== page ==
A little over one year ago, I wrote about how our church was launching into something new. To some, I'm sure leaving our building where our 500-person congregation met to worship each Sunday felt like a wilderness of sorts. To others, it was more like the Wild Wild West—a new horizon full of adventures.

To me,  it just felt right. It felt providential. As COVID-19 came this year, I began to understand why. As a church, we were in many ways oddly prepared for this. Although leaving our building stretched my understanding and experience of how to "have church," it's honestly been pretty amazing.


Quick Recap of Navah Changes

Our leadership rallied us under the banner of "Follow the Cloud," referencing the Old Testament days of when God led the Israelites through the wilderness with weather patterns. For one year now, we've followed a cloud (not an actual cloud, but the leading of the Holy Spirit) around Kansas City and met in some awesome places every-other week, buildings that opened up and generously hosted our church family:

  • A Nazarene church called "New Beginnings." How fitting, right?
  • Downtown KC venue called The Garmet House, reminding us that God was clothing us with something new.
  • Colonial Presbyterian Church, an anchor in our city.
  • La Fe, a Spanish-speaking congregation in Kansas City, Kansas.

We were meeting at La Fe when COVID-19 hit, which cut our expected time there short. Not ironically, we were in a series called "Prepare the Way," which happened to play out literally as our home churches snapped into full-speed action.


Home Churches in Kansas City

When we left our building to "Follow the Cloud," we became 20-30 mini-churches all over Kansas City. Breaking nearly every mold regarding how to have church in America, we began to experience church in new ways and have it at our houses.

Large worship gatherings in auditoriums became small gatherings around kitchen tables. Plugged in worship sets turned into acoustic guitars, djembe drums and YouTube videos. Kids church wove into adult church as we figured out how to learn about Jesus with little people crawling at our feet and constantly interrupting us. Leaders became everyday people like Mike and me, and kids offering churchgoers communion.

Our serve teams weren't those opening doors and passing offering plates, but instead they were people putting spoons into casserole dishes and pointing to the spare bedroom for coat drop-offs. Inviting a friend to church looked like either welcoming them into a living room or simply standing in the yard and offering to pray for them. It felt like there was a whole new level of acceptance.

Ministers became those surrounding us, friends pastoring and guiding one another. Gifts of hospitality, service, teaching and leadership showed up, and those who might have gone unnoticed at a traditional church service were suddenly seen.


COVID-19 and the Cloud

When COVID-19 hit, our every-other week home gatherings became weekly, and soon virtual. Sure, this presented some of the same challenges every church is facing right now. How can we experience genuine community via a screen? How do we divide up roles? Since we were already broken up into small home churches meeting every-other week, the transition was relatively seamless.

Instead of opening our front doors, we began opening our laptops and apps. Sure, it has looked different from what we're used to, but that's kind of the theme this year. I've found that whether in person or virtually, home church—and "Following the Cloud"—is a major blessing. Here's why.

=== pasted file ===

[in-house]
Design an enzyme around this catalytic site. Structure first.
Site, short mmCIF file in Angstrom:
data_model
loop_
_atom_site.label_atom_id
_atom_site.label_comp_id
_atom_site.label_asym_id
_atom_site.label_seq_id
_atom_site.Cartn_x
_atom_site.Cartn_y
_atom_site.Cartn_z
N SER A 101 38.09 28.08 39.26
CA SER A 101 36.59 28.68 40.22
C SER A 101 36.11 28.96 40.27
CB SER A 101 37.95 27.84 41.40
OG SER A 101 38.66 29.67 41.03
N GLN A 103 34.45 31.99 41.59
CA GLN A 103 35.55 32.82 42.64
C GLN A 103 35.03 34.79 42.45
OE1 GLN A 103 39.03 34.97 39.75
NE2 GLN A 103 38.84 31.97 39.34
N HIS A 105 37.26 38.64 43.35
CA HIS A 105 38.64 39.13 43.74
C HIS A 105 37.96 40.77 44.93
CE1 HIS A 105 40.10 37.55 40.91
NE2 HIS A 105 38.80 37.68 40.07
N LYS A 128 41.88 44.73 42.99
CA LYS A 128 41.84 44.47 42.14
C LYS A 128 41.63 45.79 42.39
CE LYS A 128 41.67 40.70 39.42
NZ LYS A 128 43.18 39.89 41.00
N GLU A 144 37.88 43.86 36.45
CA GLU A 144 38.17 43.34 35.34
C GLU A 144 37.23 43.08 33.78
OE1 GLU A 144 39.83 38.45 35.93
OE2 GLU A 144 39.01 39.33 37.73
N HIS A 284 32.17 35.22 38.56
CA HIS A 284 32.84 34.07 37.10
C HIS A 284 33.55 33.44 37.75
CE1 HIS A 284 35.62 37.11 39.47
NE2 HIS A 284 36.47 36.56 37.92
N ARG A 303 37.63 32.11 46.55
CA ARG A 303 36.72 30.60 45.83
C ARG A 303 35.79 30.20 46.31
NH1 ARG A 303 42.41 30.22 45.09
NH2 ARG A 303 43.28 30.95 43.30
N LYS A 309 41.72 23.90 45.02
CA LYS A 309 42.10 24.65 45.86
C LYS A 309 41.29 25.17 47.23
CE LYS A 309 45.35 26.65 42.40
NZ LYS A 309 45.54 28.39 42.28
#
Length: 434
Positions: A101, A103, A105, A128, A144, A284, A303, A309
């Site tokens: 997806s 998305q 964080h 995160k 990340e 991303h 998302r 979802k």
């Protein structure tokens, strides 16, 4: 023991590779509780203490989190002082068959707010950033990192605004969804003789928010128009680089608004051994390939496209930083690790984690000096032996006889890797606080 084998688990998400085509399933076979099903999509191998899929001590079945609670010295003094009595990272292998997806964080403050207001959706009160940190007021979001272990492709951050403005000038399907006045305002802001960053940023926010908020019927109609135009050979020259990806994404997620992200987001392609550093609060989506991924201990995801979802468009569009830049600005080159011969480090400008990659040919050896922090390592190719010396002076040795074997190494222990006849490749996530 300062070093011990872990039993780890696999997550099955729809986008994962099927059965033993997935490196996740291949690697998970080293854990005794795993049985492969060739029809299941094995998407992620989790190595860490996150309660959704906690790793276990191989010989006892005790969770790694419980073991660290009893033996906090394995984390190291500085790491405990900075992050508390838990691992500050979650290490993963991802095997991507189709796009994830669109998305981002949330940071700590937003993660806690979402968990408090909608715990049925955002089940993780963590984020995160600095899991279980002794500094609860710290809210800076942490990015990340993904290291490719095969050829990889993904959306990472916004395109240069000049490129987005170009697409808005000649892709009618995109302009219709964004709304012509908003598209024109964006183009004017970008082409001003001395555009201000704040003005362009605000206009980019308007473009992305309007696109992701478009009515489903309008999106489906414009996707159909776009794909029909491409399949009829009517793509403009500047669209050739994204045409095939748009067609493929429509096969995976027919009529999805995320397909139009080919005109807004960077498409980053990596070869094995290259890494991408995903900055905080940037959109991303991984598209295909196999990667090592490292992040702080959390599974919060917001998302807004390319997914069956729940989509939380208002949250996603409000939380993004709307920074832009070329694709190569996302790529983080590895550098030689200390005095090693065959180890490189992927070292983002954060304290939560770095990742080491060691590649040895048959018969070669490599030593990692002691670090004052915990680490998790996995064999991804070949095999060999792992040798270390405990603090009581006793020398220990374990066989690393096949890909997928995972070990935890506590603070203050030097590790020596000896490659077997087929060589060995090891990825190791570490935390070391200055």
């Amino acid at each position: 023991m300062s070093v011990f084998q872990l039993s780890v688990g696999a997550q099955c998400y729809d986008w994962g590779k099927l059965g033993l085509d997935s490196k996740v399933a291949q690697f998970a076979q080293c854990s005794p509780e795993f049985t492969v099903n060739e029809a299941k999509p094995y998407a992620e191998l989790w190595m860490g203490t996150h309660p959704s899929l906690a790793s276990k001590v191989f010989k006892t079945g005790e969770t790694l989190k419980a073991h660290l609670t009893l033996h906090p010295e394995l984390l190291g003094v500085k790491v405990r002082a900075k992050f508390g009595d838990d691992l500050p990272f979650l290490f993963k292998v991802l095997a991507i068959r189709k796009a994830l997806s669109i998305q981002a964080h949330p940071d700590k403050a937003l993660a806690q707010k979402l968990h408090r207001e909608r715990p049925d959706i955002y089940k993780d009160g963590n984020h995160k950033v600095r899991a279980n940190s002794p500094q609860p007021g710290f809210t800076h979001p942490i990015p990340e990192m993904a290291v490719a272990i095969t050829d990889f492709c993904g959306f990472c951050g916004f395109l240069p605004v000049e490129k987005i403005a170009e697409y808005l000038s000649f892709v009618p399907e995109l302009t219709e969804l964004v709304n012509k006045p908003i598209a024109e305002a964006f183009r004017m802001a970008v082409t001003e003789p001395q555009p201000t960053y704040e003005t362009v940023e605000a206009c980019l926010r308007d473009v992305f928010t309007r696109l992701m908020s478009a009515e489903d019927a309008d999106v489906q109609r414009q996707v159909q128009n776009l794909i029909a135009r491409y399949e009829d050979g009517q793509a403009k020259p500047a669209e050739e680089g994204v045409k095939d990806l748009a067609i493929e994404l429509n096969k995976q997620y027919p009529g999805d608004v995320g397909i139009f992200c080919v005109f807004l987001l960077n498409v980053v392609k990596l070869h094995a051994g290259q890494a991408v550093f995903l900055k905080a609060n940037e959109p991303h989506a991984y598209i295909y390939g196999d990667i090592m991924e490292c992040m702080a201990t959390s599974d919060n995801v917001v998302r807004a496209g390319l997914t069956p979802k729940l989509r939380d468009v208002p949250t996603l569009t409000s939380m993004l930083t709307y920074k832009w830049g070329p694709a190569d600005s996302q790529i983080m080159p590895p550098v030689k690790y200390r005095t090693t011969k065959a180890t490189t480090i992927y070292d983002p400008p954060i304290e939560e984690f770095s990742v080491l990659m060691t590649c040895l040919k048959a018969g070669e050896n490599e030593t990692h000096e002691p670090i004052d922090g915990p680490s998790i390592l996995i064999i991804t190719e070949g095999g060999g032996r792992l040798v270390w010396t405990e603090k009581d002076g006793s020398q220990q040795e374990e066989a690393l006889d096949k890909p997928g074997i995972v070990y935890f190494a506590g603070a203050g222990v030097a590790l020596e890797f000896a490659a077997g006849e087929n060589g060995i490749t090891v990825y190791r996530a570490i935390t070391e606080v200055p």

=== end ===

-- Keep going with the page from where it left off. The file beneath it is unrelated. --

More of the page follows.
We are the church

Mike and I joke about how many times we hear the word "unprecedented" right now. But it's so true. We really are living through a historic moment. There's a HUGE opportunity for churches to rise up, unify, and shake off idols.

What idols do I mean? The ones nobody wants to talk about inside of the church, yet the ones that are glaringly obvious to those who consider themselves "outsiders." This post isn't about exposing modern day idols of the American church, but instead, it's to implore us to take hold of this unique opportunity in human history.

What better excuse to try something new, get back to basics, and take a leap of faith?

I know this season has been really challenging, especially when Sunday service is our lifeline. I'm not wanting to minimize or downplay the loss that comes from not "having church." But, I also want to challenge us as believers to remember God is big and creative. He's on the move.

If the past year of "Following the Cloud" around Kansas City with our church has taught me anything, it's that church can happen anywhere. Yes, anywhere.

Church can happen anywhere

Of course, church can look traditional and offer a worship set, pastor and prayer. But, church can also happen when friends gather on a porch to discuss a Scripture passage. Home church happens when believers huddle up in a small group meeting over Zoom. Church can occur around dinner tables as families pause to enter Sabbath rest together. In many parts of the world, church gatherings are secret and hidden. What do they all have in common? Devotion to one another, study of the Scriptures, leadership and prayer. Community is essential.

That's it. It's an explosive, yet simple, recipe. It's the one that's been working for ages.

I don't know where the next few months will lead us. I have no idea what I'll be posting as an update to Following the Cloud next month, let alone next year. But I do know this: God's inviting us to get creative. God's called many of us to leadership and ministry, whether or not we get paid. And, Christ's church is massive—nothing can stop it. Building or no building, service or no service—it's growing.